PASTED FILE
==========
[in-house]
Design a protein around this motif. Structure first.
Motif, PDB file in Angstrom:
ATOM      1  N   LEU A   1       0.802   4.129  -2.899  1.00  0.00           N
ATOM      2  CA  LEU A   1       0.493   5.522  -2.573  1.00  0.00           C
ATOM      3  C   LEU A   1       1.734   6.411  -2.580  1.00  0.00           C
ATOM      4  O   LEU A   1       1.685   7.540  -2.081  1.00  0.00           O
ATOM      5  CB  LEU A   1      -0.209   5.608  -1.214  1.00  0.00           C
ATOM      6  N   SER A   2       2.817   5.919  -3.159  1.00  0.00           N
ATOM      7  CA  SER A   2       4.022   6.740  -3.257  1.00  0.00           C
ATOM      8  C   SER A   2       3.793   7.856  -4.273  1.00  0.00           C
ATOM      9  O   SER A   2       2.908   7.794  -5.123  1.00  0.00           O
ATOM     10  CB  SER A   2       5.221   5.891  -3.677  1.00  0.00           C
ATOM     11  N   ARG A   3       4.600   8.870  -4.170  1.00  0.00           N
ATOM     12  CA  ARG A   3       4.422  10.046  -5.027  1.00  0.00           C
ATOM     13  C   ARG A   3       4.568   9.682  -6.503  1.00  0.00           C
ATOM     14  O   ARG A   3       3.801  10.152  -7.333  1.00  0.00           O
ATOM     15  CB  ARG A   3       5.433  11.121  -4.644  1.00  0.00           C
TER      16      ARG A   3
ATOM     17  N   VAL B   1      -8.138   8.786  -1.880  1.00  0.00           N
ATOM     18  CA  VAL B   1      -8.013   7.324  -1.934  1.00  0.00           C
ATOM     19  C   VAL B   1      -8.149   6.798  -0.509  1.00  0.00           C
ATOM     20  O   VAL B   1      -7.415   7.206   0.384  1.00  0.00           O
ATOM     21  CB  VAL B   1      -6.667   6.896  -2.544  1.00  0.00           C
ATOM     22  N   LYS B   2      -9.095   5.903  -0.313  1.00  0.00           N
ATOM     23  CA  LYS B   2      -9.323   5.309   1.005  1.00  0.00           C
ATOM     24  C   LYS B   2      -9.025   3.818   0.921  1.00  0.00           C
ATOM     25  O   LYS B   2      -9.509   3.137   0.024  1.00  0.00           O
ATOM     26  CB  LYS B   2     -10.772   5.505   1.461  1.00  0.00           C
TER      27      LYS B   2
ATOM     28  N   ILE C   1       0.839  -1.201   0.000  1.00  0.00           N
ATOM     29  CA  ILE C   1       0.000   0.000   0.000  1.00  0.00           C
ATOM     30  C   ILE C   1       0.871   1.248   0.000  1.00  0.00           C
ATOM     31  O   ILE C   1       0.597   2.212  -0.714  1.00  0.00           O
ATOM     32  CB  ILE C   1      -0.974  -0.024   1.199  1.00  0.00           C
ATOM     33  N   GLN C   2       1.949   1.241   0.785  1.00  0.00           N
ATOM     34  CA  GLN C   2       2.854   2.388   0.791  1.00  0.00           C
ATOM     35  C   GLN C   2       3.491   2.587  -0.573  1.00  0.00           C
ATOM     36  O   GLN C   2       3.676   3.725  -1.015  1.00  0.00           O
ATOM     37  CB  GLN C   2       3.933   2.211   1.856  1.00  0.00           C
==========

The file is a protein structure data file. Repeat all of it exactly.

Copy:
[in-house]
Design a protein around this motif. Structure first.
Motif, PDB file in Angstrom:
ATOM      1  N   LEU A   1       0.802   4.129  -2.899  1.00  0.00           N
ATOM      2  CA  LEU A   1       0.493   5.522  -2.573  1.00  0.00           C
ATOM      3  C   LEU A   1       1.734   6.411  -2.580  1.00  0.00           C
ATOM      4  O   LEU A   1       1.685   7.540  -2.081  1.00  0.00           O
ATOM      5  CB  LEU A   1      -0.209   5.608  -1.214  1.00  0.00           C
ATOM      6  N   SER A   2       2.817   5.919  -3.159  1.00  0.00           N
ATOM      7  CA  SER A   2       4.022   6.740  -3.257  1.00  0.00           C
ATOM      8  C   SER A   2       3.793   7.856  -4.273  1.00  0.00           C
ATOM      9  O   SER A   2       2.908   7.794  -5.123  1.00  0.00           O
ATOM     10  CB  SER A   2       5.221   5.891  -3.677  1.00  0.00           C
ATOM     11  N   ARG A   3       4.600   8.870  -4.170  1.00  0.00           N
ATOM     12  CA  ARG A   3       4.422  10.046  -5.027  1.00  0.00           C
ATOM     13  C   ARG A   3       4.568   9.682  -6.503  1.00  0.00           C
ATOM     14  O   ARG A   3       3.801  10.152  -7.333  1.00  0.00           O
ATOM     15  CB  ARG A   3       5.433  11.121  -4.644  1.00  0.00           C
TER      16      ARG A   3
ATOM     17  N   VAL B   1      -8.138   8.786  -1.880  1.00  0.00           N
ATOM     18  CA  VAL B   1      -8.013   7.324  -1.934  1.00  0.00           C
ATOM     19  C   VAL B   1      -8.149   6.798  -0.509  1.00  0.00           C
ATOM     20  O   VAL B   1      -7.415   7.206   0.384  1.00  0.00           O
ATOM     21  CB  VAL B   1      -6.667   6.896  -2.544  1.00  0.00           C
ATOM     22  N   LYS B   2      -9.095   5.903  -0.313  1.00  0.00           N
ATOM     23  CA  LYS B   2      -9.323   5.309   1.005  1.00  0.00           C
ATOM     24  C   LYS B   2      -9.025   3.818   0.921  1.00  0.00           C
ATOM     25  O   LYS B   2      -9.509   3.137   0.024  1.00  0.00           O
ATOM     26  CB  LYS B   2     -10.772   5.505   1.461  1.00  0.00           C
TER      27      LYS B   2
ATOM     28  N   ILE C   1       0.839  -1.201   0.000  1.00  0.00           N
ATOM     29  CA  ILE C   1       0.000   0.000   0.000  1.00  0.00           C
ATOM     30  C   ILE C   1       0.871   1.248   0.000  1.00  0.00           C
ATOM     31  O   ILE C   1       0.597   2.212  -0.714  1.00  0.00           O
ATOM     32  CB  ILE C   1      -0.974  -0.024   1.199  1.00  0.00           C
ATOM     33  N   GLN C   2       1.949   1.241   0.785  1.00  0.00           N
ATOM     34  CA  GLN C   2       2.854   2.388   0.791  1.00  0.00           C
ATOM     35  C   GLN C   2       3.491   2.587  -0.573  1.00  0.00           C
ATOM     36  O   GLN C   2       3.676   3.725  -1.015  1.00  0.00           O
ATOM     37  CB  GLN C   2       3.933   2.211   1.856  1.00  0.00           C